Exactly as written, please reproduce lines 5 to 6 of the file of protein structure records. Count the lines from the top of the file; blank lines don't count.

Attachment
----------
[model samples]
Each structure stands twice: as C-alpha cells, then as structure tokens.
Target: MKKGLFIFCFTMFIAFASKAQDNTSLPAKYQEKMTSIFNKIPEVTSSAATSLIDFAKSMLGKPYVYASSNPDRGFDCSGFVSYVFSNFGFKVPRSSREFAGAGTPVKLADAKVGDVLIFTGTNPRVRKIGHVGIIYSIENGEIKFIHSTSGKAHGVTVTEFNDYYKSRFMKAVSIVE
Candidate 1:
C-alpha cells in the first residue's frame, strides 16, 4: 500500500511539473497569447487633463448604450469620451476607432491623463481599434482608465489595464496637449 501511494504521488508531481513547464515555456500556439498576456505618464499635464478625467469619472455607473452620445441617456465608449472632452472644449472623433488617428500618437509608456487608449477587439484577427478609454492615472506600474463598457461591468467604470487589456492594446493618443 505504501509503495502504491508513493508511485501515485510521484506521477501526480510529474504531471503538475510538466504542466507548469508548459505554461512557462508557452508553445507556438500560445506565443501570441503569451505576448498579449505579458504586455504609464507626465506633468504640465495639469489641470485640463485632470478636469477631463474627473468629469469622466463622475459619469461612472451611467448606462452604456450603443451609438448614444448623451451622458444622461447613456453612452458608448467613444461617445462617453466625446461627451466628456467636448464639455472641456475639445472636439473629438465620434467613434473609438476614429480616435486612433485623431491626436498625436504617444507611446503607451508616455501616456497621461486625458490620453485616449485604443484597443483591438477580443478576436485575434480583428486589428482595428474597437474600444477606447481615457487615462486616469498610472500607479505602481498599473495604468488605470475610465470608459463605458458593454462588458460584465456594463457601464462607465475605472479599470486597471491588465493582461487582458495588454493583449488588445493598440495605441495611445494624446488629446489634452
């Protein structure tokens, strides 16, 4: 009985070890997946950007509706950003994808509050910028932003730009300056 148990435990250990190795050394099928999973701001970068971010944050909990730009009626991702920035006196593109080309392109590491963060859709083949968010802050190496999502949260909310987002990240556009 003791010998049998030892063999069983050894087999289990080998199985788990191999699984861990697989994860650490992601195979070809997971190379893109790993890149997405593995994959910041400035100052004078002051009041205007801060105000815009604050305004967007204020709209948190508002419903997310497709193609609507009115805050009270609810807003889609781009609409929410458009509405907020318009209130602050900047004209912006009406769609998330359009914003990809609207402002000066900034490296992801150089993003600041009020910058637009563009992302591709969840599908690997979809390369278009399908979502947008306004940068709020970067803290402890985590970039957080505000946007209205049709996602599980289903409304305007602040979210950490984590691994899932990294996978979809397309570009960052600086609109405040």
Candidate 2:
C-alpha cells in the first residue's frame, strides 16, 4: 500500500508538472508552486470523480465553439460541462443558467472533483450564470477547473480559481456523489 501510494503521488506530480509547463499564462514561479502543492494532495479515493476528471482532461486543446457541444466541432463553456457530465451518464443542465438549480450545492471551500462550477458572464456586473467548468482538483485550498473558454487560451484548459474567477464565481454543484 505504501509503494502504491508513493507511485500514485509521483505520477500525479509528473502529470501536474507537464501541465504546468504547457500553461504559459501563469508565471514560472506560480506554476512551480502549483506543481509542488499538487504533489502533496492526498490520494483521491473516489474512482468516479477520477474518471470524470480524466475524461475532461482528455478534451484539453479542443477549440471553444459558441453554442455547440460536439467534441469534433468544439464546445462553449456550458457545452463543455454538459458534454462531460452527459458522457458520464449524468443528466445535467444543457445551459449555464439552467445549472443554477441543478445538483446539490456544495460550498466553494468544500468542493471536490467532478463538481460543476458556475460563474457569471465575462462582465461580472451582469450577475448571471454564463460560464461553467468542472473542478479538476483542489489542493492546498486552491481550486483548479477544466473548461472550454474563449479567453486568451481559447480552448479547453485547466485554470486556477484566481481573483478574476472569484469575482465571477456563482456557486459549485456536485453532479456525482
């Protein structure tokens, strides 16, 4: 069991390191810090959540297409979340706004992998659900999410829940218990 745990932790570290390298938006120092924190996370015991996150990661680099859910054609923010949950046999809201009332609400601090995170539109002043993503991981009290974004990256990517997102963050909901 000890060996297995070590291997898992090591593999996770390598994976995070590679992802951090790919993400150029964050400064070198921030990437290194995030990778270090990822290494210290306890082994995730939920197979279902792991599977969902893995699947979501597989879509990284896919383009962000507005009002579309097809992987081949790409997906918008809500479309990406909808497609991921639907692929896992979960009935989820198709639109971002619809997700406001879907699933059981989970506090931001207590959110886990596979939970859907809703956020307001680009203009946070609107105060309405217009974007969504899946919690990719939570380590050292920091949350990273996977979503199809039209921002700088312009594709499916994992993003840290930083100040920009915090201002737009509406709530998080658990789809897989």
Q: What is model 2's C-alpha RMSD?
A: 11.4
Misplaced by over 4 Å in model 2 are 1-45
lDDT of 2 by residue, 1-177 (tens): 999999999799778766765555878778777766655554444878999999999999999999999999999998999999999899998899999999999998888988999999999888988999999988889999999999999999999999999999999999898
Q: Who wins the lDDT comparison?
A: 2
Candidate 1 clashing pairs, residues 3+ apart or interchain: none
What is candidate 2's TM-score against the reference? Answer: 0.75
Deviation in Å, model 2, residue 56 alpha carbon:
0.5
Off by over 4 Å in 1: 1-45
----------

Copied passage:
C-alpha cells in the first residue's frame, strides 16, 4: 500500500511539473497569447487633463448604450469620451476607432491623463481599434482608465489595464496637449 501511494504521488508531481513547464515555456500556439498576456505618464499635464478625467469619472455607473452620445441617456465608449472632452472644449472623433488617428500618437509608456487608449477587439484577427478609454492615472506600474463598457461591468467604470487589456492594446493618443 505504501509503495502504491508513493508511485501515485510521484506521477501526480510529474504531471503538475510538466504542466507548469508548459505554461512557462508557452508553445507556438500560445506565443501570441503569451505576448498579449505579458504586455504609464507626465506633468504640465495639469489641470485640463485632470478636469477631463474627473468629469469622466463622475459619469461612472451611467448606462452604456450603443451609438448614444448623451451622458444622461447613456453612452458608448467613444461617445462617453466625446461627451466628456467636448464639455472641456475639445472636439473629438465620434467613434473609438476614429480616435486612433485623431491626436498625436504617444507611446503607451508616455501616456497621461486625458490620453485616449485604443484597443483591438477580443478576436485575434480583428486589428482595428474597437474600444477606447481615457487615462486616469498610472500607479505602481498599473495604468488605470475610465470608459463605458458593454462588458460584465456594463457601464462607465475605472479599470486597471491588465493582461487582458495588454493583449488588445493598440495605441495611445494624446488629446489634452
């Protein structure tokens, strides 16, 4: 009985070890997946950007509706950003994808509050910028932003730009300056 148990435990250990190795050394099928999973701001970068971010944050909990730009009626991702920035006196593109080309392109590491963060859709083949968010802050190496999502949260909310987002990240556009 003791010998049998030892063999069983050894087999289990080998199985788990191999699984861990697989994860650490992601195979070809997971190379893109790993890149997405593995994959910041400035100052004078002051009041205007801060105000815009604050305004967007204020709209948190508002419903997310497709193609609507009115805050009270609810807003889609781009609409929410458009509405907020318009209130602050900047004209912006009406769609998330359009914003990809609207402002000066900034490296992801150089993003600041009020910058637009563009992302591709969840599908690997979809390369278009399908979502947008306004940068709020970067803290402890985590970039957080505000946007209205049709996602599980289903409304305007602040979210950490984590691994899932990294996978979809397309570009960052600086609109405040």